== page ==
Owing to the challengingly small amounts of uranium (U) they contain, the isotopic composition (238U/235U) of single zircon grains has never been measured. Leveraging methods we designed for analysis of small sample amounts and modern MC-ICPMS instruments, we show that precise (±0.04 to ±0.25‰) single-zircon 238U/235U measurements are now possible. We report data for 31 single grains from the Jack Hills conglomerate, and 3 reference zircon localities (FC-1, R33 and Temora). Consistent with the reducing conditions implied by the small Ce anomalies of many Hadean zircon, Jack Hills grains display only small δ238U variations (from -0.60 to -0.12‰). The distribution is centered on the average chondritic and bulk continental crust value, arguing against the widespread existence of Oklo-type reactors in the early Earth. The subtle δ238U variations in Jack Hills zircons are more plausibly explained by a small (∼0.10%) mass-dependent equilibrium isotope fractionation between at least one U-bearing accessory mineral and silicate melts, during magmatic differentiation under reducing conditions. In contrast, the large δ238U difference between pooled titanite and pooled zircon fractions from the Fish Canyon Tuff sample suggests larger isotope effects during igneous fractional crystallization under oxidizing conditions (∼QFM+2), with preferential removal of 235U from the melt and into zircon, and/or other accessory phases. We estimate that ∼50% of zircon dated by the CA-ID-TIMS method would be amenable to single-grain U isotope measurements, making this method widely applicable to future studies. This would enable (i) improvements in precision and accuracy of U-Pb and Pb-Pb dates, (ii) accurate investigation of U-series disequilibrium contribution to U-Pb discordance, and (iii) accurate re-evaluation of U decay constants.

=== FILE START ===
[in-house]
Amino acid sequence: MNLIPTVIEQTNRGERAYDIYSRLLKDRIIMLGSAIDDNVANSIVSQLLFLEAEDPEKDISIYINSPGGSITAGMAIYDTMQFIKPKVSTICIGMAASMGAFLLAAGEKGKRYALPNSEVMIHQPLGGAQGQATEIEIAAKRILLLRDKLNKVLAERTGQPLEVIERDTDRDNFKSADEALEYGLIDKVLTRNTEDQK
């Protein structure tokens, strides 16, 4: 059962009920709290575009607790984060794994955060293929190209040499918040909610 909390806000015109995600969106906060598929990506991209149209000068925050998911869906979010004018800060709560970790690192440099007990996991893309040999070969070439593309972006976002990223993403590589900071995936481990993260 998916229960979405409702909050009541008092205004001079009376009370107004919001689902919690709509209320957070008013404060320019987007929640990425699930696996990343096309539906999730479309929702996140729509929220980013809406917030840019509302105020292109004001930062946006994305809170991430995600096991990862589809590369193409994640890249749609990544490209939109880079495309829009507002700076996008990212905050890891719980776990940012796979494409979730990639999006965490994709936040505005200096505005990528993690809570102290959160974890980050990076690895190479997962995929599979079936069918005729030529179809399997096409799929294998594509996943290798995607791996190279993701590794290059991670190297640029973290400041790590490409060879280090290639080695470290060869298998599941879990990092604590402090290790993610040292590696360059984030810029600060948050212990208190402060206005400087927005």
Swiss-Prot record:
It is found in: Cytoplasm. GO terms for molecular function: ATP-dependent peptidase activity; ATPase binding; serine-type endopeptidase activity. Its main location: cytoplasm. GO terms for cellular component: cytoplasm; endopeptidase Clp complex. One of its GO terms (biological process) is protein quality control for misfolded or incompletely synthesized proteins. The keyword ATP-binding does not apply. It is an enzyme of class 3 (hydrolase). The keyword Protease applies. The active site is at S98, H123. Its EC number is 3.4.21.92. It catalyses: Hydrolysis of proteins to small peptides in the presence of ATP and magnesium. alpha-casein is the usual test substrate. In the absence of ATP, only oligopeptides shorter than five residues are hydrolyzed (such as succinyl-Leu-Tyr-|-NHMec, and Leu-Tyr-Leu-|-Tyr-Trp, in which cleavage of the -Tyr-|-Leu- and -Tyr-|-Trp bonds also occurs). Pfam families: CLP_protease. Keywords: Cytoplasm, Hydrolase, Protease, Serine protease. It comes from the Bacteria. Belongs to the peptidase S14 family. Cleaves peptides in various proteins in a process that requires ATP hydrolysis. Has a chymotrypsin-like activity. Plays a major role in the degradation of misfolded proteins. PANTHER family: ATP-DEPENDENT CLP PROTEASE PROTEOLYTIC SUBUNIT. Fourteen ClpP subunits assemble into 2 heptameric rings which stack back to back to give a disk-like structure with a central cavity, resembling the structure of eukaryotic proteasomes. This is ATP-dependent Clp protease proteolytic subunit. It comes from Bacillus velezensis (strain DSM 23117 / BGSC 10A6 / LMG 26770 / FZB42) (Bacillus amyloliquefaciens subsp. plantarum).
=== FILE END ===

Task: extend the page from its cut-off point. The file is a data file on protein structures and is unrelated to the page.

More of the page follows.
ASJC Scopus subject areas
- Analytical Chemistry